As a young pilot 40 years ago, flying over my country of Senegal and across Africa's Sahel region, I remember looking down on vast stretches of green fields and forests. Today, the view is of a yellowish brown landscape that's growing barren.
Like many African countries, Senegal is losing precious agricultural land to a process of soil erosion and degradation known as "desertification." It occurs when land that receives little or irregular rainfall is overcultivated, overgrazed, deforested, or otherwise stripped of its soil-fixing vegetative cover.
Worldwide, with more than 10 million acres of farm land becoming unproductive each year, "dust bowls" are multiplying and raising legitimate concern about our planet's capacity to feed its rapidly growing population.
In Africa and elsewhere, desertification fuels a downward cycle of poverty and hunger, which leads to migration from rural areas to overcrowded urban centers including those in North America and Europe. Desertification can lead to conflict over scarce resources, threatening to undermine the progress Africa is making toward democracy and economic reform.
But desertification is not inevitable. The US can play a larger role in stemming the tide by ratifying the Convention to Combat Desertification, already ratified by 150 other countries.
The 1994 Convention focuses on food security and poverty reduction. It also promotes African self-reliance, a shift from aid to trade, the sustainable use of natural resources, and the benefits of democratic participation.
The US signed the treaty in 1994, and President Clinton, during his trip last year to Africa, reaffirmed US support for it. But US interests in an economically healthy and politically stable Africa would be well-served by ratification by the Senate.
The desertification convention provides a coordinated international framework to channel technical and financial resources to communities where the fight against the interrelated problems of desertification and poverty must be waged.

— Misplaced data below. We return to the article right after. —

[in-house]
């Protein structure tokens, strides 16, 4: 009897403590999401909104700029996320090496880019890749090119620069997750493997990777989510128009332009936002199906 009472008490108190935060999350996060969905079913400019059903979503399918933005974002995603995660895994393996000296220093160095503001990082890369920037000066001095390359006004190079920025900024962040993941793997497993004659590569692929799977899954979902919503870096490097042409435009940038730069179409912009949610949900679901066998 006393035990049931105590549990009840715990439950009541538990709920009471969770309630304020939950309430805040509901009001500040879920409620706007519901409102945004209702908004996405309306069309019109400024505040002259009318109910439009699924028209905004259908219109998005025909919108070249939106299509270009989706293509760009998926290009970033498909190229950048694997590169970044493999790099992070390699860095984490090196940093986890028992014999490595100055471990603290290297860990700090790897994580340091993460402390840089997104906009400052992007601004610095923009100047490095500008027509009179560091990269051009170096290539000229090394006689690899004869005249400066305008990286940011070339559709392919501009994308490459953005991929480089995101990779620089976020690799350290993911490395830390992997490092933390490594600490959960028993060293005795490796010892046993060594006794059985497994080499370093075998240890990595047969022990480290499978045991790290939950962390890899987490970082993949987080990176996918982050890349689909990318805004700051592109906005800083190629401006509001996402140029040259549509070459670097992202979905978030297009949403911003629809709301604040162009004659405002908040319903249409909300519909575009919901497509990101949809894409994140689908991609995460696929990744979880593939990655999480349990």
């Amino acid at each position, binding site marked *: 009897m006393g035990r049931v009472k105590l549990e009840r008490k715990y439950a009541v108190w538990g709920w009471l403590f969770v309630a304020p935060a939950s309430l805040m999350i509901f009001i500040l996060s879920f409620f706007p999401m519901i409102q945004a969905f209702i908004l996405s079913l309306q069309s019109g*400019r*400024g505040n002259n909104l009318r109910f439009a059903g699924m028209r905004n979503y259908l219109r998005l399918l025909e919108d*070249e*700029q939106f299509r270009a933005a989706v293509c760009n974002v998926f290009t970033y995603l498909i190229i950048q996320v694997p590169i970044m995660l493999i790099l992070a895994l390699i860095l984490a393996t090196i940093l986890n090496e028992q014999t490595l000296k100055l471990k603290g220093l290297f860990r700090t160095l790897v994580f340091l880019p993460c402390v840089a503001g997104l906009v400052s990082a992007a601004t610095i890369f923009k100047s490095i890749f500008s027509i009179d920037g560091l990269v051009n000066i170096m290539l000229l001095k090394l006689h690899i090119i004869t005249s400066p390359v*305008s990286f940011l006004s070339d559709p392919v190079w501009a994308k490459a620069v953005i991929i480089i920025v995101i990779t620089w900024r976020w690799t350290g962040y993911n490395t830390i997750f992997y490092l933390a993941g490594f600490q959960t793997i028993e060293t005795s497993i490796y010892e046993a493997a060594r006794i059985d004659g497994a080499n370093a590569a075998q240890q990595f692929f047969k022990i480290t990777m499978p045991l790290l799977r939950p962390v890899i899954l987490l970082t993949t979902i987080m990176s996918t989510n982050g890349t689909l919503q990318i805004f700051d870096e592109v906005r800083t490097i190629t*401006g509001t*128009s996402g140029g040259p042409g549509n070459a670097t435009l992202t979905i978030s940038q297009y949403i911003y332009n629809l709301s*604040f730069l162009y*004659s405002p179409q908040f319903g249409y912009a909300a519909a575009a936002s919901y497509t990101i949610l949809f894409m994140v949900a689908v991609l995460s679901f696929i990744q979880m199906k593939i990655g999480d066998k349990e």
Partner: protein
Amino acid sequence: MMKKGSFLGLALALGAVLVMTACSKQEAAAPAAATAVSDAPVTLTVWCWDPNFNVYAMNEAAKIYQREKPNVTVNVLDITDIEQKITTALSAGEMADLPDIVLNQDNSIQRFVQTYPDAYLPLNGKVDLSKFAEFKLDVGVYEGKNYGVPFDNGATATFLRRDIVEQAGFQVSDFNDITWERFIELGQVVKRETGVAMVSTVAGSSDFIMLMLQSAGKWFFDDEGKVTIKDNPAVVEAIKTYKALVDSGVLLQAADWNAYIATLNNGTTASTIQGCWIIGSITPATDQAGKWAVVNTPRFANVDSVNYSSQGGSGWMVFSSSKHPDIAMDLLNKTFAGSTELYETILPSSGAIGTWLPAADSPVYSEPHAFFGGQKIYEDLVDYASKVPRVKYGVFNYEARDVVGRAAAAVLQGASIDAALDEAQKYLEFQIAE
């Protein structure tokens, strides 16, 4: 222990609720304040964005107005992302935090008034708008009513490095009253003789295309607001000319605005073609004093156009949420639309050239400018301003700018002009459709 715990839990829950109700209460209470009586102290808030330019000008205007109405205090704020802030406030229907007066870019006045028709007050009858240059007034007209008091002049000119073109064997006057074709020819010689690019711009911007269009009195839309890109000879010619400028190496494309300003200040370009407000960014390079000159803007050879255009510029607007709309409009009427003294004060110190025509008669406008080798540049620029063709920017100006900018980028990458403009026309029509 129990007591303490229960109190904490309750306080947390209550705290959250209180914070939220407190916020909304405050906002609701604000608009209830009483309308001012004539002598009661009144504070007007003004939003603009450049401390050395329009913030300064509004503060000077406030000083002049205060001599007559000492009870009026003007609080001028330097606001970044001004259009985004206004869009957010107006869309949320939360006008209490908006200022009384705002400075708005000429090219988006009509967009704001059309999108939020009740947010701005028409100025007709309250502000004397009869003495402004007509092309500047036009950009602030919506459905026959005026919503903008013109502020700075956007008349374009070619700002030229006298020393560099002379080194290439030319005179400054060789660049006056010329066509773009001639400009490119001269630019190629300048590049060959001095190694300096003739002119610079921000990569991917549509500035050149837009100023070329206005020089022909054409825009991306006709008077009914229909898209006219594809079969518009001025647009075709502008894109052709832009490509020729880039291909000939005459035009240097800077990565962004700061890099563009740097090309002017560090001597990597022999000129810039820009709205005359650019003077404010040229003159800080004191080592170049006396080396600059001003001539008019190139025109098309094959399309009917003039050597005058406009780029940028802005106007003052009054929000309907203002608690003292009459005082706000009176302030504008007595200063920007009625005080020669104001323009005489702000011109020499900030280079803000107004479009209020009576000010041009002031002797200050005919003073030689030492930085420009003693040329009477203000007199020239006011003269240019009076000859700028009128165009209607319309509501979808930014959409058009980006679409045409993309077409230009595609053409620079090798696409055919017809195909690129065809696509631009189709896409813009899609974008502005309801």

Under the treaty, developing countries must engage local communities and organizations of farmers, herders, women, and youth in a "bottom up" process to devise national action programs.
Senegal and other desertified countries around the world are now active in this joint public-private planning process. Senegal's capital, Dakar, recently hosted the Second Conference of Parties to the Convention, attended by more than 140 countries.
Much more progress could be made with the help of the US, which has successful community-based soil and water conservation programs and is recognized as one of the world's leaders on fighting desertification. The technical resources of American universities, research institutions, and businesses are urgently needed in the Convention-generated partnerships with communities around the world.
Unchecked, desertification will continue to foster food crises, poverty, conflict, migration, floods and other environmental disasters. No nation is immune from the consequences.
Africa's 750 million people look to the US for leadership on many issues, and desertification is one of the closest to our hearts. We look forward to welcoming the US as a full partner to the convention.
*Mamadou Mansour Seck is the Republic of Senegal's ambassador to the US.